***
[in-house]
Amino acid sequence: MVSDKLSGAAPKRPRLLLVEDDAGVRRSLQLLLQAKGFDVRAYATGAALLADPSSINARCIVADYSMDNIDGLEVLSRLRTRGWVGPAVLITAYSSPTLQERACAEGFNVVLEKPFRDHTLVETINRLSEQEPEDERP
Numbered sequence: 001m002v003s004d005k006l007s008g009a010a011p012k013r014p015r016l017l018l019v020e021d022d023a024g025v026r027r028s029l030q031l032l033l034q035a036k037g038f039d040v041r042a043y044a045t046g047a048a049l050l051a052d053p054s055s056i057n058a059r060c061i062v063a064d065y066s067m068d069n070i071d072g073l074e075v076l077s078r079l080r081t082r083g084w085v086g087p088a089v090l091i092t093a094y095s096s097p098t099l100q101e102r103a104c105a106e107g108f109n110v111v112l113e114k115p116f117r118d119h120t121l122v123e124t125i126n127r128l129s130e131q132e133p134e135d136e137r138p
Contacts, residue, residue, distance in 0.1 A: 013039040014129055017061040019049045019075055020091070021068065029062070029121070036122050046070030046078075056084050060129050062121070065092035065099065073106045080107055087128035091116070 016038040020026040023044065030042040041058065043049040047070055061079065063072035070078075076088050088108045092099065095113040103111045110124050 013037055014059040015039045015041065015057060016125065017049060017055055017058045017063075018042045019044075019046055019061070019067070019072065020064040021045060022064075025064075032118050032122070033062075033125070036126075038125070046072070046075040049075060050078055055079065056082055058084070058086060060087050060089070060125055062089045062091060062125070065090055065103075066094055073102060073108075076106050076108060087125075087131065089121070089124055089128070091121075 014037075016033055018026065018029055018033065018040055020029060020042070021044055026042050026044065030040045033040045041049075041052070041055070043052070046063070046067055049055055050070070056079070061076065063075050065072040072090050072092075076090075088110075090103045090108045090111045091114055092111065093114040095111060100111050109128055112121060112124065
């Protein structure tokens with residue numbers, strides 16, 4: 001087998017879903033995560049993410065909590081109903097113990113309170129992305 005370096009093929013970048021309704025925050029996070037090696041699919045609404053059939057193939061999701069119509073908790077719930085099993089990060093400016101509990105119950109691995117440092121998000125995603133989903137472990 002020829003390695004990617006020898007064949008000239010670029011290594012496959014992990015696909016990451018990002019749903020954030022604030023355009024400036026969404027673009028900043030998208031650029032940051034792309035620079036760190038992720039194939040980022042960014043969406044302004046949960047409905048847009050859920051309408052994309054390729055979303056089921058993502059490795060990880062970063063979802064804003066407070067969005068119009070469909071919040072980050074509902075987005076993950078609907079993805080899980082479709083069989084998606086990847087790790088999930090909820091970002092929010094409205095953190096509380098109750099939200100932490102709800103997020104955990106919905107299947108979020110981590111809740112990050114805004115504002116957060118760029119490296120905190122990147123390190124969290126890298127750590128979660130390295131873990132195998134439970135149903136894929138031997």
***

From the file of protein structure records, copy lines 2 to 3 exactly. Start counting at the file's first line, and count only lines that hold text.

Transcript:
Amino acid sequence: MVSDKLSGAAPKRPRLLLVEDDAGVRRSLQLLLQAKGFDVRAYATGAALLADPSSINARCIVADYSMDNIDGLEVLSRLRTRGWVGPAVLITAYSSPTLQERACAEGFNVVLEKPFRDHTLVETINRLSEQEPEDERP
Numbered sequence: 001m002v003s004d005k006l007s008g009a010a011p012k013r014p015r016l017l018l019v020e021d022d023a024g025v026r027r028s029l030q031l032l033l034q035a036k037g038f039d040v041r042a043y044a045t046g047a048a049l050l051a052d053p054s055s056i057n058a059r060c061i062v063a064d065y066s067m068d069n070i071d072g073l074e075v076l077s078r079l080r081t082r083g084w085v086g087p088a089v090l091i092t093a094y095s096s097p098t099l100q101e102r103a104c105a106e107g108f109n110v111v112l113e114k115p116f117r118d119h120t121l122v123e124t125i126n127r128l129s130e131q132e133p134e135d136e137r138p